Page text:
I’m not recommending it as a purchase to add to your holiday finances, just something to keep an eye out for at the library.

Raymond
Raymond
7 years ago

My best memories from xmas time as a kid was those mornings when you wake up and find these techical gifts under christmqs tree. By that i mean, i would skip all them sweets and socks and wrappings and get down to LEGO. Man, how expensive was it for my parents and how cheap you can buy a bag of Legos today on ebay. As a kid i did not even care if everything was packaged in a box as long as there were plenty of parts to play with. Parents today, I have a question. Do your kids like… Read more »

thethriftyspendthrift
thethriftyspendthrift
7 years ago

I would love to do things differently. But… There is always a but and it’s never as simple as it seems. I agree with the person who said it is not all or nothing—why can’t you love certain aspects or actually love celebrating the holiday? It doesn’t mean you have to love everything that is supposed to come with it. It doesn’t mean what everyone else does is for show. My mom surely doesn’t decorate the entire first floor of her house like a mad woman to impress anyone. As for me, I hate buying gifts. I can’t see changing… Read more »

Tiffany K.
Tiffany K.
7 years ago

Nice to see some money saving tips, especially during the holidays when money definitely gets a little tight.

Many of my friends thrift for their kids clothes. The kids don’t know, theyre hardly used and your own kid will only use them for a little while as well 🙂 Happy holidays! And thanks for the post.

Xmas-less
Xmas-less
7 years ago

You are not going to make a significant dent in your problem with your plan. You have to make a change in the way you think about money and how you have taught your family to think about money and gift giving. You are going to meet opposition all the way and I bet you are going to cave, You’re only half committed yourself. Sorry to be so harsh.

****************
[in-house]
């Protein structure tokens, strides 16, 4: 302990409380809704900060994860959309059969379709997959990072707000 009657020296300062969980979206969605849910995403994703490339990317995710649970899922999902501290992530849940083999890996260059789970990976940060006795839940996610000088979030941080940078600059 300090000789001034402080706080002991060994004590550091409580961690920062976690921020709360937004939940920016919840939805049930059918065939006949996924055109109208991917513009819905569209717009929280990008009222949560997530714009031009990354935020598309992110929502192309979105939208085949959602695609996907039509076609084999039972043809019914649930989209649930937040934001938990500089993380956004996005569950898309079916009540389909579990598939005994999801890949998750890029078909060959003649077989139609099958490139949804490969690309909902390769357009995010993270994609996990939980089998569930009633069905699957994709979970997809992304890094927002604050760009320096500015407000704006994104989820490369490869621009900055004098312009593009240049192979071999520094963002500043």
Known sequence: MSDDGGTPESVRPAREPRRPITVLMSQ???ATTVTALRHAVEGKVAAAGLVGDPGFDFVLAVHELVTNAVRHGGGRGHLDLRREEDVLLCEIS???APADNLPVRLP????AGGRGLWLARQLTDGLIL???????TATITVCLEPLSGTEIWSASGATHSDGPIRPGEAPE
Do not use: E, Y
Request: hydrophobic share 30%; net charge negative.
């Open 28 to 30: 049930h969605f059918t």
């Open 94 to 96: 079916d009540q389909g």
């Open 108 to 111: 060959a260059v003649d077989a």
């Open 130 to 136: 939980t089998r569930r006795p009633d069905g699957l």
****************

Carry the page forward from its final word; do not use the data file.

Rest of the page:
Tony@YODTO
7 years ago

Great post! IT is time that we all stop falling into the trap of spending a ton for ALL of the “Holidays”. I want to teach my kids what real giving and love feels like. Thanks for helping me!

PawPrint53
PawPrint53
7 years ago

Not a comment on the article, but why does everything look so weird on this website? Am I the only one having this issue?

Wm
Wm
7 years ago

I agree with Sarah. Holiday traditions are great, but family traditions can be even more wonderful. Rather than doing it the “known and tested” way all the time, we could interject small innovations of our own that are both cost-effective and fun in a unique way. And I’m sure, the kids in the family will remember it fondly and will take it forward and thus a new holiday tradition is created for generations to come.

Christine
Christine
7 years ago

Ok. It really sounds like we would all be less crazed by the holidays if we could all have open but candid conversation with our loved ones about the holidays and all the associated responsibilities from giving gifts to decorating to baking to who knows what else and the toll meeting the responsibilities is having on us. I would really hope that if I told my family “I love you, but i just do not need more stuff. The stuff is slowly driving me crazy each time I have to clean, pack, move, purge it from my life,” they would… Read more »